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Fonty

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  1. Sorry, but I had to laugh at your post. I would have been very upset if I booked to go and then found all the performances were cancelled! It doesn't exactly make me want to start looking up train tickets on Eurostar. 🙂
  2. It seems my tickets have gone astray. Posted out the day I booked them, apparently. I thought they were taking a long time to arrive.
  3. I have booked a ticket for The Cellist, but I haven't actually received it yet. Normally I would expect these things to come pretty quickly after booking.. Have other peoplle received their tickets? I know it is quite a while before the performance, but I should I be ringing the box office?
  4. While the idea of setting a ballet around the Crimean War and the nursing staff sounds intriguing, I am really struggling to see how that fits in with the original music score! This is not a reworking, this is a completely new ballet, surely? With a leading role featuring a woman who happens to have a rather unusual name. In real life, I expect she would have insisted on being called Rosemary.
  5. Is it? I know when I saw it, I was amazed at how much of the stage was actually hidden behind the backdrop. Felt like about two thirds, although I was quite small at the time!
  6. It seems a very strange remark for Mason to make. After all, no matter how big the Mariinsky theatre stage was in 1890, the stage at Covent Garden is the same now as it was in the 60s and 70s. And I don't think the current staging allows that much more space to dance in than they had 40 years ago, does it? I get the impression she was not really answering the question at all!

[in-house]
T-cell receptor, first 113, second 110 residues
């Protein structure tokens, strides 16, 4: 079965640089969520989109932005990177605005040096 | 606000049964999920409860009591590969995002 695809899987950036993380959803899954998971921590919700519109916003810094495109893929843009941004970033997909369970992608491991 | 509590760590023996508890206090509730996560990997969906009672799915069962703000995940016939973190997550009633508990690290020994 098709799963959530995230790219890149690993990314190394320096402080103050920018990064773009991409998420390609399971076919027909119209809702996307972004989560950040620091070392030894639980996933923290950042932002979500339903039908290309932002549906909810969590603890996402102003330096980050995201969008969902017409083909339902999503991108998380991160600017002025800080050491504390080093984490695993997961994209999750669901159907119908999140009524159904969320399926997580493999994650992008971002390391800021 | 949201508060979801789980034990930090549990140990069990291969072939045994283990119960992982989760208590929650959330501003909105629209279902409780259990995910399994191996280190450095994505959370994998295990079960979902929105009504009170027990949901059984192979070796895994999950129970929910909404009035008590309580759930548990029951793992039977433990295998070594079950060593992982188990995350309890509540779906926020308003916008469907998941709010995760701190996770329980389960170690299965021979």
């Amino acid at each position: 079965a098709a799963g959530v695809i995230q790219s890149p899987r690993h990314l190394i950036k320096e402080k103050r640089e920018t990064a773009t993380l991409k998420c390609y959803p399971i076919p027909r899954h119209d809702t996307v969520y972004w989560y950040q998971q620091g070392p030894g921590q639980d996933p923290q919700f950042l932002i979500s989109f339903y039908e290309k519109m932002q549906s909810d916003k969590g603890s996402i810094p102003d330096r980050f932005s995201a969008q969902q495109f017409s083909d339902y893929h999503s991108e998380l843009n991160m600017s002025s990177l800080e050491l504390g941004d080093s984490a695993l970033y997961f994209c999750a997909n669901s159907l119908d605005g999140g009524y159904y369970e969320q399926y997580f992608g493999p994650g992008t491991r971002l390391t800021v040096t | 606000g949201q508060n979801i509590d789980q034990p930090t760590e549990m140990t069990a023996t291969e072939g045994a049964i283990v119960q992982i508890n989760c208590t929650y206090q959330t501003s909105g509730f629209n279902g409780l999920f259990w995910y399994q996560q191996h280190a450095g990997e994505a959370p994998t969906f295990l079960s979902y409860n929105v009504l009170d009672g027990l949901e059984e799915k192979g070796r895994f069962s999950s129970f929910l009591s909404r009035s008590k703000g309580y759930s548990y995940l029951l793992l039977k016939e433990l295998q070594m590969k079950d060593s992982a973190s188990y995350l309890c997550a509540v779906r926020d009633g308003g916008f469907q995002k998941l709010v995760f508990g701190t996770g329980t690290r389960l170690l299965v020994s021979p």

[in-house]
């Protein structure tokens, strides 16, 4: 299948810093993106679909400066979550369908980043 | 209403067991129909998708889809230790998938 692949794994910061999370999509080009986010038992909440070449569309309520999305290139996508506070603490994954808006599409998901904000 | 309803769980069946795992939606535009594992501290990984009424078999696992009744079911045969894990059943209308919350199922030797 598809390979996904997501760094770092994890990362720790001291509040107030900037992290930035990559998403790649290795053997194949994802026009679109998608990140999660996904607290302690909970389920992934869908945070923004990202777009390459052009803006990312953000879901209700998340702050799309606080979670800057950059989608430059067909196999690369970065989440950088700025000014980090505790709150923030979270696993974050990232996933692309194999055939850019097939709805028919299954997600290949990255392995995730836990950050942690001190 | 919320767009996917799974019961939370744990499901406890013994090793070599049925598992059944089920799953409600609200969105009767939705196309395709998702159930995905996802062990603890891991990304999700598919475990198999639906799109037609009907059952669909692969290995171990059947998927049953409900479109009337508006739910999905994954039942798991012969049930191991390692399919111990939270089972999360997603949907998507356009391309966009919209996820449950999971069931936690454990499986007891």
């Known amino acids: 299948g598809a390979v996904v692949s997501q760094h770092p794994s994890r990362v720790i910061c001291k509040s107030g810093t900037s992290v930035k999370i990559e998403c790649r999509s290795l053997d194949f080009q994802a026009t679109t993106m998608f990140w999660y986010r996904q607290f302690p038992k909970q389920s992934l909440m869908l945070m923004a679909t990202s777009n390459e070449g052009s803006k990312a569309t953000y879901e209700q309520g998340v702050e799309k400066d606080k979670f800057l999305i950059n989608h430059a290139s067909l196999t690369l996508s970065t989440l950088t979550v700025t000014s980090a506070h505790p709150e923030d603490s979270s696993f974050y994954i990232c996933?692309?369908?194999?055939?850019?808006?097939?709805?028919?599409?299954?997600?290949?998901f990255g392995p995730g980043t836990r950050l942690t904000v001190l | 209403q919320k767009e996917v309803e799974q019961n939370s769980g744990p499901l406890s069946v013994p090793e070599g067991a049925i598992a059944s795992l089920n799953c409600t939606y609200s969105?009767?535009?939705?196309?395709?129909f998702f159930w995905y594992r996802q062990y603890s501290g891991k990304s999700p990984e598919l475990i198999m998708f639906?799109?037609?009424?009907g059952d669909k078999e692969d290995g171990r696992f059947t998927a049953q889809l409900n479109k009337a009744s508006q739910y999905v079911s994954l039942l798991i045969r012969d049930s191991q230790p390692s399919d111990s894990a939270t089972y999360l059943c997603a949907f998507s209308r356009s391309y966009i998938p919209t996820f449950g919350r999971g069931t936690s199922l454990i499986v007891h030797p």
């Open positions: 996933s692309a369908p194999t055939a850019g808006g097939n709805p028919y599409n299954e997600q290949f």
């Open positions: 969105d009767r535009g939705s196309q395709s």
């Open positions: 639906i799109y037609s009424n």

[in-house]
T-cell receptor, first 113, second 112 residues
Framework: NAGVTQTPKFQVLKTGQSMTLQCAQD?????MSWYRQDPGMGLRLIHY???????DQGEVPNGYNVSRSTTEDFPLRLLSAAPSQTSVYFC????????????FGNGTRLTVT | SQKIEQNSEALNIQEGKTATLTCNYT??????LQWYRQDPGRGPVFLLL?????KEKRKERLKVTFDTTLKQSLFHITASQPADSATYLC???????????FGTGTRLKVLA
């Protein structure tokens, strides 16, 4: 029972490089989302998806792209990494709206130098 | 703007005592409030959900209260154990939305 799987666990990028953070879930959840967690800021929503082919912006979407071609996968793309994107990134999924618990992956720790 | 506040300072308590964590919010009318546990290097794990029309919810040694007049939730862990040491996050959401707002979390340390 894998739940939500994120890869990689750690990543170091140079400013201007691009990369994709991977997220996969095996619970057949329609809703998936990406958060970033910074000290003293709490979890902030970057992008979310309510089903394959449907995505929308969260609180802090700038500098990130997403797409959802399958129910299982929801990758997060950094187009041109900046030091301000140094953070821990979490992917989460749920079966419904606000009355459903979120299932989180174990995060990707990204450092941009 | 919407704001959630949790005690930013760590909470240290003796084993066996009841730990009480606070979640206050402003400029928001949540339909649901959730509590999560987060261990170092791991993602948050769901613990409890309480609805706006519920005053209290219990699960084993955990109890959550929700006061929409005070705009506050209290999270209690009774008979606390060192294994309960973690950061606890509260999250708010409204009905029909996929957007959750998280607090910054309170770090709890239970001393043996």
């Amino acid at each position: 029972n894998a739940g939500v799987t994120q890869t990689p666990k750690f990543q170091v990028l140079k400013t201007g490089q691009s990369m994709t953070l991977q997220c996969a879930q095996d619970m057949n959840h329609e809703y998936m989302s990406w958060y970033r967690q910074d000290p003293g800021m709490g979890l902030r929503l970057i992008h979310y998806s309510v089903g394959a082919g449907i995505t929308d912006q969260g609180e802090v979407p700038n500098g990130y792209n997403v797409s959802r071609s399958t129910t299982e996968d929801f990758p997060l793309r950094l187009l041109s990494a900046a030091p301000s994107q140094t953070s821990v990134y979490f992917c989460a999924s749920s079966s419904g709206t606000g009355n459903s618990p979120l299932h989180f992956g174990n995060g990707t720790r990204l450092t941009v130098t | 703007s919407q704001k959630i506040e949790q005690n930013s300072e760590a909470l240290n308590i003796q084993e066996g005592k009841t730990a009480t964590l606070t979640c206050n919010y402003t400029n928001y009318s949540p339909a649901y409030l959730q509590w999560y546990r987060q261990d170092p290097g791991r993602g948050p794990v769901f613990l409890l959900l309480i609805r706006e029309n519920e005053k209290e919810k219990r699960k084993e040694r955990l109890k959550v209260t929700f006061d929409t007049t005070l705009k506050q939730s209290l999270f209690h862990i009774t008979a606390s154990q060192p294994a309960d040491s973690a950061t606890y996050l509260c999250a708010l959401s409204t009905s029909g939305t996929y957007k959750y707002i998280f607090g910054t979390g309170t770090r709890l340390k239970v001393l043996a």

7. Was Hewett saying that the RB were dancing it much too quickly? And that the current tempi are the right ones? Or did he not answer that question directly? If, in the 1960s, they were dancing to a faster pace than the composer intended, that rather begs the question as to why they would do that. On the other hand, it doesn't answer the question as to why the Russians seem to dance at an even slower pace than the current RB, which doesn't make sense at all. I went to a concert last year that included excerpts from the Sleeping Beauty and Swan Lake, and to my admittedly not very experienced ears, the pace sounded faster than that being used by the current RB. As far as Monica Mason's response is concerned, I find it very hard to believe that the stage has expanded since her day!
  8. I thought those fairy variations from the 70s were gorgeous. The dancing really seemed to emphasise the different characteristics; the solos seemed so much more individual, for want of a better word. In the Bluebird variation, that was the thing that really struck me as well, Alison. I suppose the leg has to kept low in order to complete the movement in time to the music. Take it any higher, and it becomes a kick.
  9. Thanks Alison. The discussion wasn't specifically about the Fairy Variations, but more about how the modern training has produced a different style of dancing, and whether or not this could be considered an improvement. As such, the title is slightly misleading!